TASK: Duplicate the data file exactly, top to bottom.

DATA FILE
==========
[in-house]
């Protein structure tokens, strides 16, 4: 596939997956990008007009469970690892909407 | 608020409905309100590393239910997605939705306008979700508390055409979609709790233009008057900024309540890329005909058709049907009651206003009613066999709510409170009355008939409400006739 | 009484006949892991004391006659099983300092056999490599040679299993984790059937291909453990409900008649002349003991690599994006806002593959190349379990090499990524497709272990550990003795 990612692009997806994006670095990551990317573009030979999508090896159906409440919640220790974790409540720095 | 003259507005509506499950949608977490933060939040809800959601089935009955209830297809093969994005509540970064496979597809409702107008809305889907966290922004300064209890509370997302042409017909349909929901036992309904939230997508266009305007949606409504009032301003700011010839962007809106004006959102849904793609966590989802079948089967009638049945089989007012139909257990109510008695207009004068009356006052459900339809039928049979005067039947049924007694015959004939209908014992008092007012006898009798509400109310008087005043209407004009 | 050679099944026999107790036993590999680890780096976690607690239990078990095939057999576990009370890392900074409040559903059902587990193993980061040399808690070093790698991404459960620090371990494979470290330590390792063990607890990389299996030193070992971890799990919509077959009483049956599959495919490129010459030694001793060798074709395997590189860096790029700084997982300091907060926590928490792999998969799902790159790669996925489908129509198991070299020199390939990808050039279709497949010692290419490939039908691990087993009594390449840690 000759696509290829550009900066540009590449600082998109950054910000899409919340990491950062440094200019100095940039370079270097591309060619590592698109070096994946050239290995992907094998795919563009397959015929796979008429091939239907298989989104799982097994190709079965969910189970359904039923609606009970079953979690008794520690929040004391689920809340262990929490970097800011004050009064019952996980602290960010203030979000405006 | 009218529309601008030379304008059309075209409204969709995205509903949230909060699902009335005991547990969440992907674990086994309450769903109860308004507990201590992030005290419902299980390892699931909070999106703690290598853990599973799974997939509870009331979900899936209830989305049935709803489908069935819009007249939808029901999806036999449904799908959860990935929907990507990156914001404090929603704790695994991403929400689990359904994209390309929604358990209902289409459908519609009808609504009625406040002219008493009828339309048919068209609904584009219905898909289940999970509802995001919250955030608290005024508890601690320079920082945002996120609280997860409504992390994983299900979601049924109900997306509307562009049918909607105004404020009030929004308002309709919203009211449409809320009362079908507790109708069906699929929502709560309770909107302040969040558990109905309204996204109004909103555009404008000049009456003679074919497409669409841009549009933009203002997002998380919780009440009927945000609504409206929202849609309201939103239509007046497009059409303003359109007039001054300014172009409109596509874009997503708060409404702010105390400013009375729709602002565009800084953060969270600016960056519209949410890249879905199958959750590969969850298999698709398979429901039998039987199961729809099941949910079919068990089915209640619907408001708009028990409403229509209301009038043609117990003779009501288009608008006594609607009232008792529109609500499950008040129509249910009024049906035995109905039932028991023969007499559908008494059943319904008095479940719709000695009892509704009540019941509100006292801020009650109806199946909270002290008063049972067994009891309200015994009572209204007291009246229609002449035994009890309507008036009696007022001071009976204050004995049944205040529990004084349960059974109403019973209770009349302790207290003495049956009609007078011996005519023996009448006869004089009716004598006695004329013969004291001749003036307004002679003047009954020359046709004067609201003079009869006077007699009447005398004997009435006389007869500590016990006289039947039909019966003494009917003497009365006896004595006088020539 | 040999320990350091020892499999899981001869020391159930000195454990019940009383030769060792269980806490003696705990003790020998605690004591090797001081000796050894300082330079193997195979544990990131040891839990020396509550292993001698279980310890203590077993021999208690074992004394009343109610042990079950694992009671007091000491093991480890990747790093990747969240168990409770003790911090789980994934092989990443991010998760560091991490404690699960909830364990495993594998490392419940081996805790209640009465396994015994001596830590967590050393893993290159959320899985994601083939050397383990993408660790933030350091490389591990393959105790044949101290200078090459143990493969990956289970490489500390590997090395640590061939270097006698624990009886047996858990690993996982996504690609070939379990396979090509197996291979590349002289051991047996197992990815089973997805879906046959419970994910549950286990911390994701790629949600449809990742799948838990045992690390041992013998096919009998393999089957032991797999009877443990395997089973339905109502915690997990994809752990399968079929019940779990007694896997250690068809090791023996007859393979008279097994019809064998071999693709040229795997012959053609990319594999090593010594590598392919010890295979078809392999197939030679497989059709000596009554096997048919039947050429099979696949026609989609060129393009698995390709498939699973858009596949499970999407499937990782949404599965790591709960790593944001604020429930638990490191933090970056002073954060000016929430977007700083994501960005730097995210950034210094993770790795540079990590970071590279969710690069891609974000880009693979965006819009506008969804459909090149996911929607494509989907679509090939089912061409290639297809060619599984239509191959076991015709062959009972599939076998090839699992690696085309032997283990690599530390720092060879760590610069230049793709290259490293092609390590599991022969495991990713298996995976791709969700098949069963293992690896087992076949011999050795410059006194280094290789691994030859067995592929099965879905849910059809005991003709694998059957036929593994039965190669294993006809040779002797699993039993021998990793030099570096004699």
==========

[in-house]
């Protein structure tokens, strides 16, 4: 596939997956990008007009469970690892909407 | 608020409905309100590393239910997605939705306008979700508390055409979609709790233009008057900024309540890329005909058709049907009651206003009613066999709510409170009355008939409400006739 | 009484006949892991004391006659099983300092056999490599040679299993984790059937291909453990409900008649002349003991690599994006806002593959190349379990090499990524497709272990550990003795 990612692009997806994006670095990551990317573009030979999508090896159906409440919640220790974790409540720095 | 003259507005509506499950949608977490933060939040809800959601089935009955209830297809093969994005509540970064496979597809409702107008809305889907966290922004300064209890509370997302042409017909349909929901036992309904939230997508266009305007949606409504009032301003700011010839962007809106004006959102849904793609966590989802079948089967009638049945089989007012139909257990109510008695207009004068009356006052459900339809039928049979005067039947049924007694015959004939209908014992008092007012006898009798509400109310008087005043209407004009 | 050679099944026999107790036993590999680890780096976690607690239990078990095939057999576990009370890392900074409040559903059902587990193993980061040399808690070093790698991404459960620090371990494979470290330590390792063990607890990389299996030193070992971890799990919509077959009483049956599959495919490129010459030694001793060798074709395997590189860096790029700084997982300091907060926590928490792999998969799902790159790669996925489908129509198991070299020199390939990808050039279709497949010692290419490939039908691990087993009594390449840690 000759696509290829550009900066540009590449600082998109950054910000899409919340990491950062440094200019100095940039370079270097591309060619590592698109070096994946050239290995992907094998795919563009397959015929796979008429091939239907298989989104799982097994190709079965969910189970359904039923609606009970079953979690008794520690929040004391689920809340262990929490970097800011004050009064019952996980602290960010203030979000405006 | 009218529309601008030379304008059309075209409204969709995205509903949230909060699902009335005991547990969440992907674990086994309450769903109860308004507990201590992030005290419902299980390892699931909070999106703690290598853990599973799974997939509870009331979900899936209830989305049935709803489908069935819009007249939808029901999806036999449904799908959860990935929907990507990156914001404090929603704790695994991403929400689990359904994209390309929604358990209902289409459908519609009808609504009625406040002219008493009828339309048919068209609904584009219905898909289940999970509802995001919250955030608290005024508890601690320079920082945002996120609280997860409504992390994983299900979601049924109900997306509307562009049918909607105004404020009030929004308002309709919203009211449409809320009362079908507790109708069906699929929502709560309770909107302040969040558990109905309204996204109004909103555009404008000049009456003679074919497409669409841009549009933009203002997002998380919780009440009927945000609504409206929202849609309201939103239509007046497009059409303003359109007039001054300014172009409109596509874009997503708060409404702010105390400013009375729709602002565009800084953060969270600016960056519209949410890249879905199958959750590969969850298999698709398979429901039998039987199961729809099941949910079919068990089915209640619907408001708009028990409403229509209301009038043609117990003779009501288009608008006594609607009232008792529109609500499950008040129509249910009024049906035995109905039932028991023969007499559908008494059943319904008095479940719709000695009892509704009540019941509100006292801020009650109806199946909270002290008063049972067994009891309200015994009572209204007291009246229609002449035994009890309507008036009696007022001071009976204050004995049944205040529990004084349960059974109403019973209770009349302790207290003495049956009609007078011996005519023996009448006869004089009716004598006695004329013969004291001749003036307004002679003047009954020359046709004067609201003079009869006077007699009447005398004997009435006389007869500590016990006289039947039909019966003494009917003497009365006896004595006088020539 | 040999320990350091020892499999899981001869020391159930000195454990019940009383030769060792269980806490003696705990003790020998605690004591090797001081000796050894300082330079193997195979544990990131040891839990020396509550292993001698279980310890203590077993021999208690074992004394009343109610042990079950694992009671007091000491093991480890990747790093990747969240168990409770003790911090789980994934092989990443991010998760560091991490404690699960909830364990495993594998490392419940081996805790209640009465396994015994001596830590967590050393893993290159959320899985994601083939050397383990993408660790933030350091490389591990393959105790044949101290200078090459143990493969990956289970490489500390590997090395640590061939270097006698624990009886047996858990690993996982996504690609070939379990396979090509197996291979590349002289051991047996197992990815089973997805879906046959419970994910549950286990911390994701790629949600449809990742799948838990045992690390041992013998096919009998393999089957032991797999009877443990395997089973339905109502915690997990994809752990399968079929019940779990007694896997250690068809090791023996007859393979008279097994019809064998071999693709040229795997012959053609990319594999090593010594590598392919010890295979078809392999197939030679497989059709000596009554096997048919039947050429099979696949026609989609060129393009698995390709498939699973858009596949499970999407499937990782949404599965790591709960790593944001604020429930638990490191933090970056002073954060000016929430977007700083994501960005730097995210950034210094993770790795540079990590970071590279969710690069891609974000880009693979965006819009506008969804459909090149996911929607494509989907679509090939089912061409290639297809060619599984239509191959076991015709062959009972599939076998090839699992690696085309032997283990690599530390720092060879760590610069230049793709290259490293092609390590599991022969495991990713298996995976791709969700098949069963293992690896087992076949011999050795410059006194280094290789691994030859067995592929099965879905849910059809005991003709694998059957036929593994039965190669294993006809040779002797699993039993021998990793030099570096004699």